The larger goal of shifting the thinking, values and actions of all individuals and institutions worldwide demands a long-term societal effort aimed at making environmental and sustainability concerns a central theme in all education. If we are to achieve a sustainable future, institutions of higher education must provide the awareness, knowledge, skills, and values that equip individuals to pursue life goals in a manner that enhances and sustains human and non-human well-being. The 3,800 institutions of higher education in the United States are unparalleled in their potential to prepare most of the professionals who develop, manage, teach in and influence society’s institutions.
Institutions of higher education bear a profound moral responsibility to increase society’s ability to create a just and sustainable future. Society has conveyed a special charter on institutions of higher learning. Within the United States, higher education institutions are allowed academic freedom and a tax-free status to receive public and private resources in exchange for their contribution to the health and well-being of society through the creation and dissemination of knowledge and values. These institutions have the mandate and potential to develop the intellectual and conceptual framework for achieving this goal. Higher education institutions are significant but largely overlooked leverage points in the transition to a sustainable world — they influence future leaders through their students and current leaders through their alumni — and must play a strong role in education, research, policy development, information exchange and community outreach and support. They have the unique freedom to develop new ideas, comment on society, engage in bold experimentation, as well as contribute to the creation of new knowledge.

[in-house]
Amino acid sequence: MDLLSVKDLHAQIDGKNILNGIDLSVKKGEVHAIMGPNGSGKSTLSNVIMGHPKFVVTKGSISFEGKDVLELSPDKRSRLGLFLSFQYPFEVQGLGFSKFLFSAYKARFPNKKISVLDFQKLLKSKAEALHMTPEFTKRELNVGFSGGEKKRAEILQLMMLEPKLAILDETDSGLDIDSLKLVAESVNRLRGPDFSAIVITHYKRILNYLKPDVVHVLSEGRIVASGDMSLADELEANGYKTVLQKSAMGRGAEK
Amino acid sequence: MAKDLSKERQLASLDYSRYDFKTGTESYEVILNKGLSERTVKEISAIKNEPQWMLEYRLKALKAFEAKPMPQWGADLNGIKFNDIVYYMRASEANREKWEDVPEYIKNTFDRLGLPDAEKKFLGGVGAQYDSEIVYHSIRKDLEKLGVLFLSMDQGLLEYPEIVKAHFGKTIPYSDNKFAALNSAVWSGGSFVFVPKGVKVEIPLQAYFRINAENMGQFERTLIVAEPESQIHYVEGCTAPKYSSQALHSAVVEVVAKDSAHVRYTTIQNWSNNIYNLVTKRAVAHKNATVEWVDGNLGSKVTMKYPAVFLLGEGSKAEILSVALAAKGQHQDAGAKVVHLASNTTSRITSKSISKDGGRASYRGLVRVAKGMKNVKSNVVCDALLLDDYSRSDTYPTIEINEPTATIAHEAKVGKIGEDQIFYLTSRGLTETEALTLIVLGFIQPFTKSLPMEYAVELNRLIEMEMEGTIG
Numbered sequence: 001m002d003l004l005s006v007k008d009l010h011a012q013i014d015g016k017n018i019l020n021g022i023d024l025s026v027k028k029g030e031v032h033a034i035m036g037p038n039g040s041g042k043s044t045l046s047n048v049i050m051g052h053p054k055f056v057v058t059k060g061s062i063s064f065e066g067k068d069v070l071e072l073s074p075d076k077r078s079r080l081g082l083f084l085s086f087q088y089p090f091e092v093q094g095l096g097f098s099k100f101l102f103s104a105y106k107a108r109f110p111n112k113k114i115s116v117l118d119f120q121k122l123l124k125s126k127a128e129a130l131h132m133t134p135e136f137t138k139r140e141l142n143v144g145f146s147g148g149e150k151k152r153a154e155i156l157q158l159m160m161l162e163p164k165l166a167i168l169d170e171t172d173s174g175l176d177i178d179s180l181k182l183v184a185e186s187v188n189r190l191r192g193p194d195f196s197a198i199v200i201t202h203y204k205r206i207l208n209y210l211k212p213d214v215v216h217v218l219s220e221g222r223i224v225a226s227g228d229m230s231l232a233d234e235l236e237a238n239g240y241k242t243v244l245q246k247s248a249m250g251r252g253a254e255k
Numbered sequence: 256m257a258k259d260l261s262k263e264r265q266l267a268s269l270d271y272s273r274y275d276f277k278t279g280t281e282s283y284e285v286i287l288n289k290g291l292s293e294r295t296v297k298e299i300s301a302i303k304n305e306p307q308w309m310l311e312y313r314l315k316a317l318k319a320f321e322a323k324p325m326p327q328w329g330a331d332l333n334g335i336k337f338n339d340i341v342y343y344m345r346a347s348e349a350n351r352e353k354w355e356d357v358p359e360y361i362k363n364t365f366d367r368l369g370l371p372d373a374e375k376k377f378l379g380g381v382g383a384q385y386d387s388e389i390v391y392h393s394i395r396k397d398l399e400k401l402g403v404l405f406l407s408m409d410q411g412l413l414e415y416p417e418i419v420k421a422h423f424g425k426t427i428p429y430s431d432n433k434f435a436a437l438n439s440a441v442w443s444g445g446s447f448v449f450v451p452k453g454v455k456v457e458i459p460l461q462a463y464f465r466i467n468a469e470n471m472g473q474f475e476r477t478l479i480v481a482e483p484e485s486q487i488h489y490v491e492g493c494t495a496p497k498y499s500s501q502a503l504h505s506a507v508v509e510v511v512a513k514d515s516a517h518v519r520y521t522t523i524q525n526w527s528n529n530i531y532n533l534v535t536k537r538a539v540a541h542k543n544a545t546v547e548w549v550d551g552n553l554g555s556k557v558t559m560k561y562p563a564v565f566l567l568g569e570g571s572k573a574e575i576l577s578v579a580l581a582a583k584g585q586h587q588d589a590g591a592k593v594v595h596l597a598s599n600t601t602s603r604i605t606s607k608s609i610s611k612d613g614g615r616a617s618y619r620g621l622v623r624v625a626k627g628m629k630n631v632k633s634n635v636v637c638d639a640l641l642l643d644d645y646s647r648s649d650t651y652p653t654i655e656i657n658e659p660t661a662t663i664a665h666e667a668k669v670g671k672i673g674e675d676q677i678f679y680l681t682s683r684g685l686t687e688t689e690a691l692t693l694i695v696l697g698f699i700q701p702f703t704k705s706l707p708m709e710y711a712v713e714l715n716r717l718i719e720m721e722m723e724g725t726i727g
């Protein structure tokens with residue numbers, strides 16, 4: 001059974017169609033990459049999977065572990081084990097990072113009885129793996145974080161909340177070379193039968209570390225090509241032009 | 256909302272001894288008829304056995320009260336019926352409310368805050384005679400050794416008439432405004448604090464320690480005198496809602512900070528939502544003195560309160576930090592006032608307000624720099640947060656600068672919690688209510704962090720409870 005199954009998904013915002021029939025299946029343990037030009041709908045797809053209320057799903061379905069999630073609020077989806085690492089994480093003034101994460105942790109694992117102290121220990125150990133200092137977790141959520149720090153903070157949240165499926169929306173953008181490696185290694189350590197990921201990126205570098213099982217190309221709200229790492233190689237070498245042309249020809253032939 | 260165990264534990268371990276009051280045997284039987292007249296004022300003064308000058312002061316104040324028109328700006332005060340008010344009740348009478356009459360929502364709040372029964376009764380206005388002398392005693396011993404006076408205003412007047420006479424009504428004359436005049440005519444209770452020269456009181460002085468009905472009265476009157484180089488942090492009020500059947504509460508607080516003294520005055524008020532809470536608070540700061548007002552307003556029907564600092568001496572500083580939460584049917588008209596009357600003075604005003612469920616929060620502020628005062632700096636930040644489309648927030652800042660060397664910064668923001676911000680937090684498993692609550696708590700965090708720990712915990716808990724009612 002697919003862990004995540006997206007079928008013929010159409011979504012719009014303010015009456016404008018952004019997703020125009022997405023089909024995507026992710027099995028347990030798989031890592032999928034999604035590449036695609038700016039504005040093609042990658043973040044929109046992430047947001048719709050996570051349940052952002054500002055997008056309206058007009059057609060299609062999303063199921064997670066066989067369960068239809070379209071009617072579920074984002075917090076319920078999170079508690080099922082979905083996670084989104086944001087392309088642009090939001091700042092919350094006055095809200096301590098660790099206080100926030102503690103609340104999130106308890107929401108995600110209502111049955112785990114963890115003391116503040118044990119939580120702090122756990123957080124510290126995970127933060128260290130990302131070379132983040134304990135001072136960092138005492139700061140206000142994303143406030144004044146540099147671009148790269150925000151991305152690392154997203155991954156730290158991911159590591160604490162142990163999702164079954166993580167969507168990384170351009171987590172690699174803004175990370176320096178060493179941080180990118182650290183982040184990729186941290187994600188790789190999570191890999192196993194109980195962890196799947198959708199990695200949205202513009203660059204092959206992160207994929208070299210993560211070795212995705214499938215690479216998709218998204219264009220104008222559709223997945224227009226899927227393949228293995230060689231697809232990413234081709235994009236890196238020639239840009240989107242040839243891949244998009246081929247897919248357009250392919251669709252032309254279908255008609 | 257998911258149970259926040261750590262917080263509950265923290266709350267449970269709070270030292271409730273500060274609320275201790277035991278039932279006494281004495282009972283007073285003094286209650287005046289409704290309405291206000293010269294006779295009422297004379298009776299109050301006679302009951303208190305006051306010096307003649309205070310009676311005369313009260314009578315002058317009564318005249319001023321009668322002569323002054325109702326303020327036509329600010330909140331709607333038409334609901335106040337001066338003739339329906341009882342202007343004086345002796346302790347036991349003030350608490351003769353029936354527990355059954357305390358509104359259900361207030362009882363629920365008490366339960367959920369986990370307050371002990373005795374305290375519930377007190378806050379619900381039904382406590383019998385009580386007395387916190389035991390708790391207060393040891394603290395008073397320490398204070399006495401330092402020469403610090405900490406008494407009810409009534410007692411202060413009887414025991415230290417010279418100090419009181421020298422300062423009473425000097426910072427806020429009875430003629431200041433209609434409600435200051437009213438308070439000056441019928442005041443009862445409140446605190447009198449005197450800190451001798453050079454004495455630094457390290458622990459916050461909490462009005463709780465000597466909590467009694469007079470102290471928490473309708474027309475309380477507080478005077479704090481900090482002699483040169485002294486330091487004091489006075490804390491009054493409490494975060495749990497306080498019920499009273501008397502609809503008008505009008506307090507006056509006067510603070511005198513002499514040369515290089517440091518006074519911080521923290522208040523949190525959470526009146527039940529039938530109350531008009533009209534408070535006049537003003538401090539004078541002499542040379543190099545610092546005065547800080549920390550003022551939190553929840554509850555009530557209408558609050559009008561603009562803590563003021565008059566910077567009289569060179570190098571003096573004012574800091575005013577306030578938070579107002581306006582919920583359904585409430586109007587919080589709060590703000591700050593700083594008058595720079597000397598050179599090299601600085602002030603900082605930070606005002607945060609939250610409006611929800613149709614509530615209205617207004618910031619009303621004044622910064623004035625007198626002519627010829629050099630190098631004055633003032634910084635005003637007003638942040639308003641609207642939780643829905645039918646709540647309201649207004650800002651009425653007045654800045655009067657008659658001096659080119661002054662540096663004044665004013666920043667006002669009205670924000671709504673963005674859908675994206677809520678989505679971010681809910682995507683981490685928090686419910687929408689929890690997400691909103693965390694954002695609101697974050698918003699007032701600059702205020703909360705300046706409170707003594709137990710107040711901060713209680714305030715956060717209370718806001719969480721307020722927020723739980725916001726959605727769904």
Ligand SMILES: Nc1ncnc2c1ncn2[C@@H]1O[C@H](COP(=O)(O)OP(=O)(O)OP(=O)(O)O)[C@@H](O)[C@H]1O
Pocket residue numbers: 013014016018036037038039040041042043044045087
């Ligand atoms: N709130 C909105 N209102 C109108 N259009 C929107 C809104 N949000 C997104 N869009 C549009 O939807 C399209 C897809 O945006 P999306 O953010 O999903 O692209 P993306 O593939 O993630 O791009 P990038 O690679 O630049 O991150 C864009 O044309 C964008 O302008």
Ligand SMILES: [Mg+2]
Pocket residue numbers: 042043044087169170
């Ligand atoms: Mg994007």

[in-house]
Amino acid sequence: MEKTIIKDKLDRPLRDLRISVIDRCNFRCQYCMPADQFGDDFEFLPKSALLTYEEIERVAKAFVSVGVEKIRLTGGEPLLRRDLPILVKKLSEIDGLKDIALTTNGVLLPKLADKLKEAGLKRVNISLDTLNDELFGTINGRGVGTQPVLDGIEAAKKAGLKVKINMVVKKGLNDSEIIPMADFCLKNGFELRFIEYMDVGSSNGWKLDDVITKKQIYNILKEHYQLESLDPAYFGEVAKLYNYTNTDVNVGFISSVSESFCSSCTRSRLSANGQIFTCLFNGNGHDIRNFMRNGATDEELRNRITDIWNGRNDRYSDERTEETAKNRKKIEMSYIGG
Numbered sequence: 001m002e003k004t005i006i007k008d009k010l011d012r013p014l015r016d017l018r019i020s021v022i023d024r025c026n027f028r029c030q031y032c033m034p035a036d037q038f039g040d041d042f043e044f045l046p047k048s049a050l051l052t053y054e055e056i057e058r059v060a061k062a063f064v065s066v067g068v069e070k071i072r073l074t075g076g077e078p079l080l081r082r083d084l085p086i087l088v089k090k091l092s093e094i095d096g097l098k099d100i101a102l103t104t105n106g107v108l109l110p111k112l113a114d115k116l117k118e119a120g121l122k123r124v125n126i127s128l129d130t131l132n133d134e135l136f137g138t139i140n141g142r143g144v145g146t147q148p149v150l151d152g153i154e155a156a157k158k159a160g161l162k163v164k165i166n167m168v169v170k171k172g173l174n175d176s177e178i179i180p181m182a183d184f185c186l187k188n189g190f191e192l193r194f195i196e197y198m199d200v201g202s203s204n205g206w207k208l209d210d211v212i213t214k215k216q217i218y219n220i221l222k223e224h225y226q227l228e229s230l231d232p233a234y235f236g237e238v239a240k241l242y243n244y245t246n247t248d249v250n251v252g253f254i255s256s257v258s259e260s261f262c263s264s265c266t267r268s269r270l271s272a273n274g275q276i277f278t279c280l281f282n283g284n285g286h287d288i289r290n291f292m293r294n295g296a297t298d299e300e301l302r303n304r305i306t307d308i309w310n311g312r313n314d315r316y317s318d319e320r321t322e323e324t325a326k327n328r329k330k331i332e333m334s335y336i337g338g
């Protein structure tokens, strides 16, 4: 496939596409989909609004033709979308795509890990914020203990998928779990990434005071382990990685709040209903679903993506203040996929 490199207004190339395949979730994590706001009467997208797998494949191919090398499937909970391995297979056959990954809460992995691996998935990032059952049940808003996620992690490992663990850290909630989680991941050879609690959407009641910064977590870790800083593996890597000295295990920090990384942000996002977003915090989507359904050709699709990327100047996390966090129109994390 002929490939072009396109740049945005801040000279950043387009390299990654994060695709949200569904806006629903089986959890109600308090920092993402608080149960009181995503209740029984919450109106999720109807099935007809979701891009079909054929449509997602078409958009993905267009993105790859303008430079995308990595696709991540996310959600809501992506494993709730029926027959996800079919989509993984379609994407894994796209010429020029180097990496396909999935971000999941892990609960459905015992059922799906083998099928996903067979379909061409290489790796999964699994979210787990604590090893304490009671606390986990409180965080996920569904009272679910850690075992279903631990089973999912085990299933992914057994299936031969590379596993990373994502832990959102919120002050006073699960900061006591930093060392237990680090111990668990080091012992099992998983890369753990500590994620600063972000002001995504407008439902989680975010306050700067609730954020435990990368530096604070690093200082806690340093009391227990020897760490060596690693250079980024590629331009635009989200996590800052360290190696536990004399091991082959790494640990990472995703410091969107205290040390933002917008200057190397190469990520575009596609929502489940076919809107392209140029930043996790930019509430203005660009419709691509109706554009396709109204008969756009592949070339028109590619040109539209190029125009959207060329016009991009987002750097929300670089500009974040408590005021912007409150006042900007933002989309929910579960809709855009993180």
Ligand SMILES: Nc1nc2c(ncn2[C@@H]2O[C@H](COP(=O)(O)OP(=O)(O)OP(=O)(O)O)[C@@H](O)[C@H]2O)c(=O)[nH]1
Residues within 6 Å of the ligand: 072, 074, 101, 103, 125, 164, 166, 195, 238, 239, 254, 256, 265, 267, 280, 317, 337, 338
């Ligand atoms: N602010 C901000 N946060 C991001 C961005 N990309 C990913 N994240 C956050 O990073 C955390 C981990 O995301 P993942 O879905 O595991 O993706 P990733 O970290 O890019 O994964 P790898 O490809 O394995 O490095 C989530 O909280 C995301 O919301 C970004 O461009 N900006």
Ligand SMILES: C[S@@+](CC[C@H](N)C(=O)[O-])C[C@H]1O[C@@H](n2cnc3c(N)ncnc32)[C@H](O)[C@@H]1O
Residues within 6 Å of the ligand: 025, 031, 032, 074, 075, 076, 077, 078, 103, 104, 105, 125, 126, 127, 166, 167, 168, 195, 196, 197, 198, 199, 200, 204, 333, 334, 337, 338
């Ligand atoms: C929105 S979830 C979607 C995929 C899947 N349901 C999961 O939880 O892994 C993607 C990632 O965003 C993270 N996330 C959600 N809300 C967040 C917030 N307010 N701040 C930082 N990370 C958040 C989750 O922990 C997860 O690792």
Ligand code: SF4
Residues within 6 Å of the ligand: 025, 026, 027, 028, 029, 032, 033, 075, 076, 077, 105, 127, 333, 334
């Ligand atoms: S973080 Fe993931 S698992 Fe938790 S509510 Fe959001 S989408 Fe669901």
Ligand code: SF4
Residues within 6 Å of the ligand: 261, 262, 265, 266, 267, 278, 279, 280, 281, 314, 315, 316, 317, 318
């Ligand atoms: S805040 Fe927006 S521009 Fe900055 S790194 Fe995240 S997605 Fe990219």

The crisis of the environment, according to David Orr, Professor and Chair, Department of Environmental Studies at Oberlin College, is symptomatic of a prior crisis of mind, perception, and heart.” Orr argues therefore, that this crisis, “is not so much a problem in education but a problem of education” (17). The question which arises at this point is: What would a college or university which addressed the environmental crisis with intensity and ingenuity look like? In an online article entitled, The University as a Model of Sustainability, Second Nature has attempted to broadly define the characteristics of a university in which sustainability is the lens through which it sees itself and the principle according to which it decides how to act. We hope this vision will spark ideas and provide some insight into how a sustainability perspective can be translated into action on the college and university campus. We hope you will provide your feedback on our thoughts so that together we can further refine our ideas and advance the Education for Sustainability movement.